Return to the Stratosphere
Activity 2: "Starstuff reflecting on Starstuff"--Looking back
on an Adventure
To have students discuss what they've learned through this electronic
field trip, and to give their assessment of this kind of educational experience.
If your journey began with a discussion of what students knew and wanted
to know about the Universe, it makes sense to end with a discussion of
what was learned. The discussion should start with many of the same questions
that were raised in your opening activity. At this point you'll see how
useful it is to have a good record of what was said "way back when"!
Please take notes about what's said now. It would be very helpful to future
Passport to Knowledge projects to share this information
on-line if you have access to the Internet, or mail it with your Evaluation
forms. Here are some ideas to get things going.
- What do you now know about Earth's atmosphere, our solar system,
and "outer space" which you did not realize before? Prompt
for specific examples
- What did you learn about the researchers from the on-line Field
Journals, or the live interactions seen in the videos?
- What makes someone want to be an astronomer?
- What tools have made it easier to explore space?
Starlight: Color, Light and Heat
- Did you learn anything about light that surprised you?
- How do colors, light and heat relate to each other?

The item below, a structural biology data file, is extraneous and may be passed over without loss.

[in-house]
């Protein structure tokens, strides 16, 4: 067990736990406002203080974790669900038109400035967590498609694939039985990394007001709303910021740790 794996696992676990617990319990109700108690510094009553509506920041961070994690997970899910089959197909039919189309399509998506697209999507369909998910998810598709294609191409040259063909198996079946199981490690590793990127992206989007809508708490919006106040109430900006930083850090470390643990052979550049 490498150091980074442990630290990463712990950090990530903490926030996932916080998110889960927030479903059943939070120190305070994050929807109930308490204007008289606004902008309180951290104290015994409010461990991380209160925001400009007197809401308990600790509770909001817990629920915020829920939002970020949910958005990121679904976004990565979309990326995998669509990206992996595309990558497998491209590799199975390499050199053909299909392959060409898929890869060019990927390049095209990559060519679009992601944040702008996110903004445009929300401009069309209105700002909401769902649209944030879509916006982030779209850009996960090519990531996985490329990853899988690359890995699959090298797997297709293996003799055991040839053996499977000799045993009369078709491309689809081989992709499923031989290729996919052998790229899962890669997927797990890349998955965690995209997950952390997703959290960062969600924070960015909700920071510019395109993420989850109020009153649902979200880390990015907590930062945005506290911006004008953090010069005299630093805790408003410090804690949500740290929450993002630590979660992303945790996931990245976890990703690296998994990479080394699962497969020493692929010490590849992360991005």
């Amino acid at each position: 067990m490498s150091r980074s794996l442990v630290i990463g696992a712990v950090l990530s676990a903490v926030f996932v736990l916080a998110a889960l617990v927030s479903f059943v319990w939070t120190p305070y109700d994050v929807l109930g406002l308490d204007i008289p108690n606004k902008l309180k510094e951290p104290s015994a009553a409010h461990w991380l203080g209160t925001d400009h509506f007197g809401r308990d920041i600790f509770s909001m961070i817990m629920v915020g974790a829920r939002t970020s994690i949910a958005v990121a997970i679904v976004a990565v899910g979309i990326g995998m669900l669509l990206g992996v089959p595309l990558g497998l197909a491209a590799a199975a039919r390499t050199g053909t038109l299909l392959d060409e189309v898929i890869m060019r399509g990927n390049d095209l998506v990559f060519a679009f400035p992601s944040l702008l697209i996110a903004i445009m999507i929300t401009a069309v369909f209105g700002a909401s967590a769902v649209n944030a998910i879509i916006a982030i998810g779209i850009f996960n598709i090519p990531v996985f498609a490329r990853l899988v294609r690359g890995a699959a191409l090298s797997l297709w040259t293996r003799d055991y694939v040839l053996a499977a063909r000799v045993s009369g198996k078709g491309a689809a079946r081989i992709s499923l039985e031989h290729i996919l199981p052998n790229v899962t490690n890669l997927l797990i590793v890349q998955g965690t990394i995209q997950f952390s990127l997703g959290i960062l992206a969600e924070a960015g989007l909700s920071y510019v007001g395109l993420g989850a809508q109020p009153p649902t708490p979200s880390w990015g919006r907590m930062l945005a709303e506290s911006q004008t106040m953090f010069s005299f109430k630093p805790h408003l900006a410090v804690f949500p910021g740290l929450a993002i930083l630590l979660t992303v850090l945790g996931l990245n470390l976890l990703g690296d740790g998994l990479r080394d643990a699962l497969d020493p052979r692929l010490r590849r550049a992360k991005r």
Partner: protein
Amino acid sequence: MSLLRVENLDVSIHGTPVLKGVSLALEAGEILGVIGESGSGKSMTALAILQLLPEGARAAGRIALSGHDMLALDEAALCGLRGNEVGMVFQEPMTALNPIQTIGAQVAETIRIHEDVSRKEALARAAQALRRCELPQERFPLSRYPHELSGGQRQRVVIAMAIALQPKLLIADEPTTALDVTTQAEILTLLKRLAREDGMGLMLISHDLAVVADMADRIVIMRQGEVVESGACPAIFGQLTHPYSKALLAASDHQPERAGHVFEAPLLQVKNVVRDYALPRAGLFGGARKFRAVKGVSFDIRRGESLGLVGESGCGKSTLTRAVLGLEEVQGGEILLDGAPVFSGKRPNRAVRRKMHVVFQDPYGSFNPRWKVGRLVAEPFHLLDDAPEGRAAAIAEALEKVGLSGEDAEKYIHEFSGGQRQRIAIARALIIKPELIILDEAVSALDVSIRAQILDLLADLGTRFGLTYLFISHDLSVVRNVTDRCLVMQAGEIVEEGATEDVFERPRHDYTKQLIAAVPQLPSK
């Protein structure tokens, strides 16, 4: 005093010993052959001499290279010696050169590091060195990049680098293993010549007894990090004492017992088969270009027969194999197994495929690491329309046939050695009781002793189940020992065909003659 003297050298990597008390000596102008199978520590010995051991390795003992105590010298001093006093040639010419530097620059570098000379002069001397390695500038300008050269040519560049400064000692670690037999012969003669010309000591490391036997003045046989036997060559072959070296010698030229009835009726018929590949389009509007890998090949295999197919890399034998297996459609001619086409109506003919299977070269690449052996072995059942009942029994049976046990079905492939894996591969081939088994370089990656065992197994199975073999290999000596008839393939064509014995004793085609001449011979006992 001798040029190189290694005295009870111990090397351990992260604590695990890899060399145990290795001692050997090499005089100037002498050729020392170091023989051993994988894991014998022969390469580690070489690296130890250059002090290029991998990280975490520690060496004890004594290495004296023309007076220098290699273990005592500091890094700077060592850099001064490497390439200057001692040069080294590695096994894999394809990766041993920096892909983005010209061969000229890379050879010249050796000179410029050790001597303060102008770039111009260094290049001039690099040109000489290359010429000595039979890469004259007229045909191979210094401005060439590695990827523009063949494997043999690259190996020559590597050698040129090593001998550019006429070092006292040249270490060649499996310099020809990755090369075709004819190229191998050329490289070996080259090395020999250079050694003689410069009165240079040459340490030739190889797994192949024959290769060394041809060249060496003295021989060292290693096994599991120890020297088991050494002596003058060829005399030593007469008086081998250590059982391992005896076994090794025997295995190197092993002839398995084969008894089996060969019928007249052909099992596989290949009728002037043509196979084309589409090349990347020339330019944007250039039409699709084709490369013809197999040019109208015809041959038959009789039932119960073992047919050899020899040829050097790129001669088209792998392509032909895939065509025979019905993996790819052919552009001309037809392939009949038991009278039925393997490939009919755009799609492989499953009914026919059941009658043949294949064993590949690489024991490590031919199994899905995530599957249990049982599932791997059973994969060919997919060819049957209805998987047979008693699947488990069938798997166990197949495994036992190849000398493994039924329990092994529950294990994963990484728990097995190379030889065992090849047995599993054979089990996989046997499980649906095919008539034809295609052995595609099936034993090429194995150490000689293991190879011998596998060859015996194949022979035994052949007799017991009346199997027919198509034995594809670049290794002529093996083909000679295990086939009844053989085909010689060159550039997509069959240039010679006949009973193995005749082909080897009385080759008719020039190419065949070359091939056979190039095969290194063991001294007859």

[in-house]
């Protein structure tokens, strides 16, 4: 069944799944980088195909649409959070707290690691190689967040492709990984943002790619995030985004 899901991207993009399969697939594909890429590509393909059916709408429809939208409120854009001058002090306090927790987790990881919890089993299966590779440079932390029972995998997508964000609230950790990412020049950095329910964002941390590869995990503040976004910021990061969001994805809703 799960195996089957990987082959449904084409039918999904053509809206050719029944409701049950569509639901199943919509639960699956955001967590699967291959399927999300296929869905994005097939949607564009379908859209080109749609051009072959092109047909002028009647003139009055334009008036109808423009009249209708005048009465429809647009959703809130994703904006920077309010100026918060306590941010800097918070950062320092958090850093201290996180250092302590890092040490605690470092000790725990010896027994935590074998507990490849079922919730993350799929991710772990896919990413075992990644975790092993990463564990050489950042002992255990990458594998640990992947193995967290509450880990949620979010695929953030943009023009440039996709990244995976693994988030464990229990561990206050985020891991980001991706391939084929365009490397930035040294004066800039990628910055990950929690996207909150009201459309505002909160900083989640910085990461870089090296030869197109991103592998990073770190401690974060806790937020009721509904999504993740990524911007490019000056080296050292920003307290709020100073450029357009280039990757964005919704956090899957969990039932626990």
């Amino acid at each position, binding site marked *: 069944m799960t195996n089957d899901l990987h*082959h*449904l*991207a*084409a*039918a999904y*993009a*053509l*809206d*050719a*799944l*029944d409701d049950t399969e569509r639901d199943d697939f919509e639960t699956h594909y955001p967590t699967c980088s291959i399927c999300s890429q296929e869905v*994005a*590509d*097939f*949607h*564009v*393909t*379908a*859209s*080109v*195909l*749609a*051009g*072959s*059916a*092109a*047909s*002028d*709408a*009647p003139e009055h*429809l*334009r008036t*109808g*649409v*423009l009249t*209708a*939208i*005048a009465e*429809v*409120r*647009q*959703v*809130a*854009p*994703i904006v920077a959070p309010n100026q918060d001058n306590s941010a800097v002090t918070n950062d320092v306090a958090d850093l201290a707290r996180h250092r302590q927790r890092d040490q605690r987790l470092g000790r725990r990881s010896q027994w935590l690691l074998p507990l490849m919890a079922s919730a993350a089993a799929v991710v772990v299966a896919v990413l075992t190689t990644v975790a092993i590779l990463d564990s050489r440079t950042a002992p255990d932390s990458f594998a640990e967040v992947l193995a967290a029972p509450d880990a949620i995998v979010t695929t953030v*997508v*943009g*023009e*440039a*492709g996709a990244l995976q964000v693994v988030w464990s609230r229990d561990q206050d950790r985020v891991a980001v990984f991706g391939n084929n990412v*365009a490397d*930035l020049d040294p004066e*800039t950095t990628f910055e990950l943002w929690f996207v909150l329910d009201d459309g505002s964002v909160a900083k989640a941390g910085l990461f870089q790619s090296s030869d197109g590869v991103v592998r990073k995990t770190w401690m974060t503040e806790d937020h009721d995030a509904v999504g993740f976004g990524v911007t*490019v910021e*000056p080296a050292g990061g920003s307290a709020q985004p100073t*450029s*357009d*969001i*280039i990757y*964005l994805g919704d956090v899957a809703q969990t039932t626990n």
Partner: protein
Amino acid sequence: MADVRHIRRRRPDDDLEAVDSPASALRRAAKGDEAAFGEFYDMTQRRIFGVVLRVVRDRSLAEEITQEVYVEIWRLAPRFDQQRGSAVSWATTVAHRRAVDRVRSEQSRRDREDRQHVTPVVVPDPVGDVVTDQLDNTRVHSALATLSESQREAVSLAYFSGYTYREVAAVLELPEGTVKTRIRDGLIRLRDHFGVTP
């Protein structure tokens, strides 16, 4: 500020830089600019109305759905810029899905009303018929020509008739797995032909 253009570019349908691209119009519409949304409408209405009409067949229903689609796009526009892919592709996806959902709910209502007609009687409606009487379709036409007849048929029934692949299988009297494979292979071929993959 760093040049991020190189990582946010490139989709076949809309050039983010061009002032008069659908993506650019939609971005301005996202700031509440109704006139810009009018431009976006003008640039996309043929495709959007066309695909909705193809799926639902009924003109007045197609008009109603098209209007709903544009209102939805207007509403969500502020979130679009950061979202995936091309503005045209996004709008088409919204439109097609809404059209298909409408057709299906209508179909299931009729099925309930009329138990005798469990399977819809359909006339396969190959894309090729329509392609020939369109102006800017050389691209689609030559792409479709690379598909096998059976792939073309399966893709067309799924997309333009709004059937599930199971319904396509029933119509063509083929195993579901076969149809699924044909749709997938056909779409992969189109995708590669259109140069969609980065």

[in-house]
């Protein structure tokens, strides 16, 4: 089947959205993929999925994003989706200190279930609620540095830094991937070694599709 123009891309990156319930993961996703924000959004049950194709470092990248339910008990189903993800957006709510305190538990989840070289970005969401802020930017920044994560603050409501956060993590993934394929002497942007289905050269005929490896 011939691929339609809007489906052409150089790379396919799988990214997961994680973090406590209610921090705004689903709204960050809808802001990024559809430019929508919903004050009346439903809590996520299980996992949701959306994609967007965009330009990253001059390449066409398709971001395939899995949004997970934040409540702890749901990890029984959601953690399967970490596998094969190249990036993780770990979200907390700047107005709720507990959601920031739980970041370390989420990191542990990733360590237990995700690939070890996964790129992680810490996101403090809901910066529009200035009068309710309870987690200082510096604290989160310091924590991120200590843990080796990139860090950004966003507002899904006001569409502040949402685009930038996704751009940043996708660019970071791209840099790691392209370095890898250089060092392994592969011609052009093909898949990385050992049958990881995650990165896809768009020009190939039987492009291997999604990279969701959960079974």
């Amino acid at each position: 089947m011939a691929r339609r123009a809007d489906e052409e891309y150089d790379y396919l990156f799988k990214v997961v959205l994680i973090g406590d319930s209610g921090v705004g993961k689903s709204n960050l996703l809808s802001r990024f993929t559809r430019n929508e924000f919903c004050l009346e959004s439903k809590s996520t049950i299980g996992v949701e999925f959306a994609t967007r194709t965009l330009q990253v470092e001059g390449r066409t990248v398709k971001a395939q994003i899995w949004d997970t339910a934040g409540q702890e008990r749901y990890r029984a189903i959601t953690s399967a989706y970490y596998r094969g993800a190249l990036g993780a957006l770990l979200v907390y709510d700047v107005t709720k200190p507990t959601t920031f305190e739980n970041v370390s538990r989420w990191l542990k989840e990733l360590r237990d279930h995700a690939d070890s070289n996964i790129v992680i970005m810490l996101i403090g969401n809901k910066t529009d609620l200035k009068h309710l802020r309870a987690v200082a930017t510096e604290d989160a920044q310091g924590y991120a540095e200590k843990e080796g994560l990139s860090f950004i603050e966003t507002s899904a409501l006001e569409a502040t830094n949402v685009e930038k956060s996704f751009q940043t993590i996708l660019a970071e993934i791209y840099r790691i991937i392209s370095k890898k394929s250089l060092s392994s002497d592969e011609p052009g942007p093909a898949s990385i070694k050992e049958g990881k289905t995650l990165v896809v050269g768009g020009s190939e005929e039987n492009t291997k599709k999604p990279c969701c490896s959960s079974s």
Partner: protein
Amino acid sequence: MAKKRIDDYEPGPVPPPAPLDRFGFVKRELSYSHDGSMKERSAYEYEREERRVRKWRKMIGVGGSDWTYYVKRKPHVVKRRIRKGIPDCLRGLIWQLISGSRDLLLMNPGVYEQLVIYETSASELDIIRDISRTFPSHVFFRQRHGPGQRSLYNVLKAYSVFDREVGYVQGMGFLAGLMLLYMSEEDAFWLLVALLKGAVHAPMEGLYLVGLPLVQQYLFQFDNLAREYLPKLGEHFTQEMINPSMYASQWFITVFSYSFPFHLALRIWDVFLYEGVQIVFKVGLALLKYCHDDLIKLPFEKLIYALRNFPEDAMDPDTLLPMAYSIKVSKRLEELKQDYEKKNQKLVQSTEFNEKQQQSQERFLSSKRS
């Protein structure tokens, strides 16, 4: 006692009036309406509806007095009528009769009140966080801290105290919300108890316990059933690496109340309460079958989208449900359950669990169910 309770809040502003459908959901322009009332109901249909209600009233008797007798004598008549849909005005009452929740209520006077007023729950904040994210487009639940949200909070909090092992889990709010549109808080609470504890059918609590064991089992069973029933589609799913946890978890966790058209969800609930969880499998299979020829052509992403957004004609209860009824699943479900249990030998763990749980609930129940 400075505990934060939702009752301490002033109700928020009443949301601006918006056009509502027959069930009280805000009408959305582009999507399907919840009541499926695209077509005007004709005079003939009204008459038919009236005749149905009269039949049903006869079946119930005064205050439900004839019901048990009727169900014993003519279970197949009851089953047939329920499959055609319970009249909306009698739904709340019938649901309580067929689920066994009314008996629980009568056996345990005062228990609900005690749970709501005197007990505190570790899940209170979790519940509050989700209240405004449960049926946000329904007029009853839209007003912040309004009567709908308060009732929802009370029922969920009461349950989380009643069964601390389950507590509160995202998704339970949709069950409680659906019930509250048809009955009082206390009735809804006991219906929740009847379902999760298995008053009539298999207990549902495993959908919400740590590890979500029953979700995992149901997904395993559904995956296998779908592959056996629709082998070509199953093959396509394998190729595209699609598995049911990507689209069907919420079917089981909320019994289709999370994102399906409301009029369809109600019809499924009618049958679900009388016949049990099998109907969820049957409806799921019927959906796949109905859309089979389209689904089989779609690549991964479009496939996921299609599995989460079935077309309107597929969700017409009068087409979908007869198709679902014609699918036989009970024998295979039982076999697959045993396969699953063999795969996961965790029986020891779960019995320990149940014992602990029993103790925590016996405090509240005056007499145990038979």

- How well do human eyes process light, and what don't we see?
- How can we see more than is visible to the unaided eye?
- What is infrared astronomy?
- How do infrared telescopes help us explore space?
Stars, Planets, and Moons
- What do we know about planets and their movements?
- How are other planets different from Earth?
- Do all planets have atmospheres?
- What do we know about Jupiter and Saturn?
- What is a moon, and where do we find them?
- Would it be possible to have two stars in a solar system?
- Are stars timeless, or do they live and die?
- Did you learn anything through Live from the Stratosphere
that you think you will never forget?
- What was the most and least interesting part of the project?
- If you were out in space, what would you most want to explore
- What questions do you still have about space, light and heat?
- Any guesses on what will be the greatest discoveries in outer
space in the
- next century?
"How looks the night?"
Poet at work:
Gerard Manley Hopkins
Students sometimes forget that published authors also have to sweat
the details and work through draft upon draft. We've reprinted Hopkins'
finished poem, "The Starlight Night" (page 26), but here you
can see the poet at work behind the scenes, striving to find the right
words to express his feelings for the stars.
Stars waving their indivisible rays.
Sky fleeced with the milky way.
Pointed with pierced lights, and reaks of rays
The sky minted into golden sequins.
Stars like gold tufts.
Stars like golden bees.
Stars like golden rowels.
Sky peak'd with tiny flames.